Is Canada Taking the Safety of Nuclear Power Seriously?

by chelseagiddings on Octobre 7, 2016 - 10:24pm

Nuclear power has both a positive and negative view around the world.  The benefit of nuclear power is that it emits fewer greenhouse gases that contribute to global warming and climate change.  The negative aspect of nuclear power was evident from the event Fukushima Daiichi nuclear disaster.  The Fukushima Daiichi nuclear disaster showed us that there is a lack of control over the risks.  Some of the risks of nuclear power is that is produces many health risks and harmful effects to the environment.

In the article “Nuclear power plant safety inspections hit and miss, watchdog says”, Tom Parry and Kathleen Harris discuss how the inspections of Canada’s nuclear power plants are currently unacceptable.  After a report being released, the Commissioner of the Environment and Sustainable Development Julie Gelfand found a number of different failings at the Canadian Nuclear Safety Commission (CNSC).  The agency is responsible for making sure that nuclear power plants are safe and secure but Julie Gelfand stated that, “75% of site safety inspections were carried out without an approved guide”(Parry, Harris, 2016).  There were concerns of the Canadian Nuclear Safety Commission and if they have enough staff to ensure that all the inspections for the safety and security of the nuclear power points were met.  The article continues on about how once the Canadian Nuclear Safety Commission was informed about the report they took upon actions right away.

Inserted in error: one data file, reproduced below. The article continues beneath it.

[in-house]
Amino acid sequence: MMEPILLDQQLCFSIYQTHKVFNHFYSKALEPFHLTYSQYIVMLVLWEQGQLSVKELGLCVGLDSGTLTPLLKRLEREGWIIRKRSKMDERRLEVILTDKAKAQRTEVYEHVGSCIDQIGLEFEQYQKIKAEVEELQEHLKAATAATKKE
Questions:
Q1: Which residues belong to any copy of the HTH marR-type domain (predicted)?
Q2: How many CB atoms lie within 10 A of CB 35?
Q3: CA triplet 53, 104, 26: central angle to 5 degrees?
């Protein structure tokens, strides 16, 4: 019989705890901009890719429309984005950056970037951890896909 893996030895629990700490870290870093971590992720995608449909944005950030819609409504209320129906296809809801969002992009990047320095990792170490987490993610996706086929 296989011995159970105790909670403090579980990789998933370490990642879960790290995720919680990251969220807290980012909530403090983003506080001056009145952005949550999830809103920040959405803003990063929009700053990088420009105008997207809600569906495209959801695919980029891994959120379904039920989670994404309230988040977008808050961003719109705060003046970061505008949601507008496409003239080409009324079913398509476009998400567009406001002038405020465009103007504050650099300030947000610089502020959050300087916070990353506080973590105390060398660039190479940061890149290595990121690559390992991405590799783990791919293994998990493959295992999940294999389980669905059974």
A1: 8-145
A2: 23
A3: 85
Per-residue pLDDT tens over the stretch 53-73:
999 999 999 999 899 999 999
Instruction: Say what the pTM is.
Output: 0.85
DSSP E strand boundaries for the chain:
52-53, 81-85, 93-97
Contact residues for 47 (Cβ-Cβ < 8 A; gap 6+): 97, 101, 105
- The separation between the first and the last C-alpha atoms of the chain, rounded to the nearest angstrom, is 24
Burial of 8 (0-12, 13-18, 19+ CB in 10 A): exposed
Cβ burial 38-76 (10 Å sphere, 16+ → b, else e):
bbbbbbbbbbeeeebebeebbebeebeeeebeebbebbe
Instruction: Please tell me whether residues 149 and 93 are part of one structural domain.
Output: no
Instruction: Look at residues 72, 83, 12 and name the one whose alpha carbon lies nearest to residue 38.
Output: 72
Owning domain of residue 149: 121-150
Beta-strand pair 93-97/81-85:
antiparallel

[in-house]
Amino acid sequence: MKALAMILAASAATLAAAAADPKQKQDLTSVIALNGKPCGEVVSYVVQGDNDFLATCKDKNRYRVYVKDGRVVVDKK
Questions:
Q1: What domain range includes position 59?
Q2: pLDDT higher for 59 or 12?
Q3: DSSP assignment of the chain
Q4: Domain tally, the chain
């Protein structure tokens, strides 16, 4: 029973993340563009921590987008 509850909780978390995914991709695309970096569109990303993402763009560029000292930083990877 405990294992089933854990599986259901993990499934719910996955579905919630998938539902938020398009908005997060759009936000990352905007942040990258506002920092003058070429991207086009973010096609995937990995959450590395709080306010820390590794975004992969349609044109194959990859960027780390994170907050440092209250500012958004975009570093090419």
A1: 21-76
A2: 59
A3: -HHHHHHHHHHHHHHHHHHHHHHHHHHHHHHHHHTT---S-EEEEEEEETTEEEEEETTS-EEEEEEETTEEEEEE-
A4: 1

My reaction to the article “Nuclear power plant safety inspections hit and miss, watchdog says” is that it provided information that was eye opening to the audience.  I thought that it was reassuring that the Canadian Nuclear Safety Commission took action immediately to the report that told them that they were treating the safety and security of the inspection unacceptably.  This relates back to what we learned in class about resource management and power and how an actor has control with their own interaction with the environment.  The Canadian Nuclear Safety Commission could have the ability to not take action to what the report said and continue with doing the inspections without an approved guide.  I think that it is great that the CNSC decided to create a solution by addressing the issue that they are not taking the safety and security precautions seriously because it allows people to feel safe.  It allows people to have a sense that they are taking precautions of the risks nuclear power could potentially on humans and the environment. 


Boyes, E. Kılınc, A. Stanisstreet, M. “Exploring Students’ Ideas About Risks and Benefits of Nuclear Power Using Perception Theories.” Journal of Science Education and Technology 22.3 (2013): 252-266. Web. 07 Oct. 2016.

Parry, T. Harris, K. “Nuclear Power Plant Safety Inspections Hit and Miss, Watchdog Says.” CBCnews. CBC/Radio Canada, 04 Oct. 2016. Web. 07 Oct. 2016.   <